UK’s controversial plan to send asylum seekers to Rwanda | World

Some asylum seekers in the UK will be transferred to Rwanda – more than 4,000 miles away – under the British government’s new plans.

The controversial program is part of a set of tougher measures by the government to reduce the number of asylum seekers arriving in the country in small boats through the English Channel.

Home Secretary Priti Patel is in the African country to sign a $150 million deal that involves testing the scheme with single men arriving in the UK.

In a speech on Thursday, British Prime Minister Boris Johnson confirmed the program, saying it was necessary to “save countless lives” and prevent “human traffickers” from turning the ocean into a “water graveyard”.

He said that under the new scheme, anyone arriving in the UK illegally could be “relocated” to Rwanda.

“This policy has no limits,” Johnson said. He added that Rwanda has increased its capacity to receive immigrants in recent years by “tens of thousands of people”.

“We cannot maintain an illegal parallel system,” Johnson said. “Our compassion may be infinite, but the ability to help people is not.”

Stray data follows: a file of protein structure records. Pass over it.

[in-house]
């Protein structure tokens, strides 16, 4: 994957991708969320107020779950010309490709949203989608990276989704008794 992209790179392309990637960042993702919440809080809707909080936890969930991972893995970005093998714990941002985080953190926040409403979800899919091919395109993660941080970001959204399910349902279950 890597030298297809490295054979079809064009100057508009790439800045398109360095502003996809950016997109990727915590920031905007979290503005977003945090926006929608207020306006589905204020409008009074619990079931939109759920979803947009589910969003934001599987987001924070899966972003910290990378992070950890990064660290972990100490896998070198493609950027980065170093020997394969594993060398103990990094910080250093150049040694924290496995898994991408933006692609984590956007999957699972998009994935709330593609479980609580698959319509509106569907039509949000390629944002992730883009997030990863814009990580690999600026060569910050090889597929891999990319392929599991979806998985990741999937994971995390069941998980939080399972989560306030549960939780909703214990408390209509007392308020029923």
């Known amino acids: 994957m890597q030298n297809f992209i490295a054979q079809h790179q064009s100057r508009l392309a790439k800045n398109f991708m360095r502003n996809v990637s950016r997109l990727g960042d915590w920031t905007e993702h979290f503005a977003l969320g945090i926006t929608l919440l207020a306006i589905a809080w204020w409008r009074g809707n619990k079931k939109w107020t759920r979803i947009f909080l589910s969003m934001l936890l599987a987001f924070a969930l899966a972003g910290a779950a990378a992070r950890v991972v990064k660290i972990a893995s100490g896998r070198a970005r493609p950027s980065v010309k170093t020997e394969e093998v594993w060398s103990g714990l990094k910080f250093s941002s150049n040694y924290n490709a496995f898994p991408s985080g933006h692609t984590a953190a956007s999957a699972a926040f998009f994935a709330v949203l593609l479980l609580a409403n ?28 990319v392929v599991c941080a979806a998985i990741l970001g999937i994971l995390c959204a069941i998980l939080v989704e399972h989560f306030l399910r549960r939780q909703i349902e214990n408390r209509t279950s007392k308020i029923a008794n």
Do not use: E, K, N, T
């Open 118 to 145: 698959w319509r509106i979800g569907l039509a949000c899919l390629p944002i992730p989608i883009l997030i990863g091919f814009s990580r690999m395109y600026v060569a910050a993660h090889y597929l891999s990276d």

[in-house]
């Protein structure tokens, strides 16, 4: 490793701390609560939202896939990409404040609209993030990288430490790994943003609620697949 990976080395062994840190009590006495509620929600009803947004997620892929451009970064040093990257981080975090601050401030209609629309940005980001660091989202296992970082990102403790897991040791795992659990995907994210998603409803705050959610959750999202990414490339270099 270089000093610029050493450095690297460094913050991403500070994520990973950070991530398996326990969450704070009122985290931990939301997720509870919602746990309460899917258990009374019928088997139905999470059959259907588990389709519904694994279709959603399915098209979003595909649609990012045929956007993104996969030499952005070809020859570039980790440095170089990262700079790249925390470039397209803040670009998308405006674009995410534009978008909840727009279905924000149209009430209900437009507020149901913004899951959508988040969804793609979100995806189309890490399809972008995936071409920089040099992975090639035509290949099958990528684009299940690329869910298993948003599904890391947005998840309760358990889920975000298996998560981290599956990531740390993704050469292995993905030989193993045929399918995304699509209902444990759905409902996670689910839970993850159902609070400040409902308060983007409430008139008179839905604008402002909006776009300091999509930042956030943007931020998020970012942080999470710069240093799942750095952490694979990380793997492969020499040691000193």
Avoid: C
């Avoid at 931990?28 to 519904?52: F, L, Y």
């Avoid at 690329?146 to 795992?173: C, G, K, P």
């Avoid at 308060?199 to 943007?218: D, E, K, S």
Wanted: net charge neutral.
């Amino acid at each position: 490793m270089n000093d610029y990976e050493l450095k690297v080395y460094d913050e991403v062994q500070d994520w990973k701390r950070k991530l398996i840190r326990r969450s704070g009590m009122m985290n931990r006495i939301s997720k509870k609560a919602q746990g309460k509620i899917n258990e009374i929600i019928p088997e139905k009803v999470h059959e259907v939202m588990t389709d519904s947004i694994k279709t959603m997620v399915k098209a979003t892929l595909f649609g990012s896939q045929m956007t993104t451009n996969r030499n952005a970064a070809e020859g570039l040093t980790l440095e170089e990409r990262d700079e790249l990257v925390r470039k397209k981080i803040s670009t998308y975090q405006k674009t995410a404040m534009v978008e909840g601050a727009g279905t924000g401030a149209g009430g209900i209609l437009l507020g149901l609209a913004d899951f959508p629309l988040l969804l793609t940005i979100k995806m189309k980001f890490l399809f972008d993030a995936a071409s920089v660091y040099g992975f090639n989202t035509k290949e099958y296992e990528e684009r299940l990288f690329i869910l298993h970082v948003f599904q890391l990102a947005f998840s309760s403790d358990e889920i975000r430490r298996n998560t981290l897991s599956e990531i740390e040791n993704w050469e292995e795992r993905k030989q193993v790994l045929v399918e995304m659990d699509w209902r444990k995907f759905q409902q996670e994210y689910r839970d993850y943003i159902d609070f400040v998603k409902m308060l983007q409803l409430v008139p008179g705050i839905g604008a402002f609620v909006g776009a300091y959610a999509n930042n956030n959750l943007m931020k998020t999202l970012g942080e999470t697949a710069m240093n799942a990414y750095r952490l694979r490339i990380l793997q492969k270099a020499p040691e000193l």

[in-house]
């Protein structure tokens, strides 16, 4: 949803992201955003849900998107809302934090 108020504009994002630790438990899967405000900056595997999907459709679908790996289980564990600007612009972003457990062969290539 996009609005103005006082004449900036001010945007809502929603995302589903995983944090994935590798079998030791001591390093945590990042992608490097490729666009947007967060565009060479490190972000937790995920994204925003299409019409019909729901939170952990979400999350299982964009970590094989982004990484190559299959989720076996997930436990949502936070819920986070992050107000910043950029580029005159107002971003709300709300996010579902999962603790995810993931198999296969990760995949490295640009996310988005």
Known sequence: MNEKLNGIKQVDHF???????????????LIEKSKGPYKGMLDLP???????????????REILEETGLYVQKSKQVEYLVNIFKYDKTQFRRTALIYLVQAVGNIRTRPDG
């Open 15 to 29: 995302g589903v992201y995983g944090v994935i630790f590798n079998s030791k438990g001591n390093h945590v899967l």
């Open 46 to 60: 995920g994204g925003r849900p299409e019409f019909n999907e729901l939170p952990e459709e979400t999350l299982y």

Official statistics show that, last year, 28,526 people crossed the English Channel in small boats, compared to 8,404 people in 2020.

Just last Wednesday (13/4), about 600 asylum seekers crossed the Channel and, according to Johnson, the number could reach 1,000 a day in the coming weeks.

The BBC has seen the housing these individuals will be placed in, which is believed to have room for around 100 people at a time and process up to 500 immigrants a year.

‘Impractical and unethical’

The new program has been widely criticized both by humanitarian groups, who called the plans cruel, and by opposition parties, who say it will be “impractical, unethical, wasteful and ineffective”.

Opposition parties also understand that the annual cost of the entire plan would be much higher than the initial payment of $150 million and have raised concerns about Rwanda’s human rights record.

Direct from Rwanda, BBC national affairs editor Mark Easton explained that the government faces legal obstacles and substantial costs in launching the plan.

Distance from the UK to Rwanda is 6,500 kilometers (Photo: BBC)

Precise details of the project are yet to be confirmed, but there is information that the testing program will be limited primarily to single men.

Under the proposal, Rwanda would assume responsibility for people who make the journey of more than 6,500 km, put them through an asylum process and, in the end, if successful, these individuals would have long-term accommodation in the country.

The Rwandan government has indicated that immigrants will be “entitled to full protection under Rwandan law, equal access to employment and enrollment in health and social services.”

The UK Home Office believes the existing asylum law will be sufficient to implement the scheme, but doubts remain about the legality of the decision.

Questions were also raised about the human rights record of the Rwandan government and its president, Paul Kagame.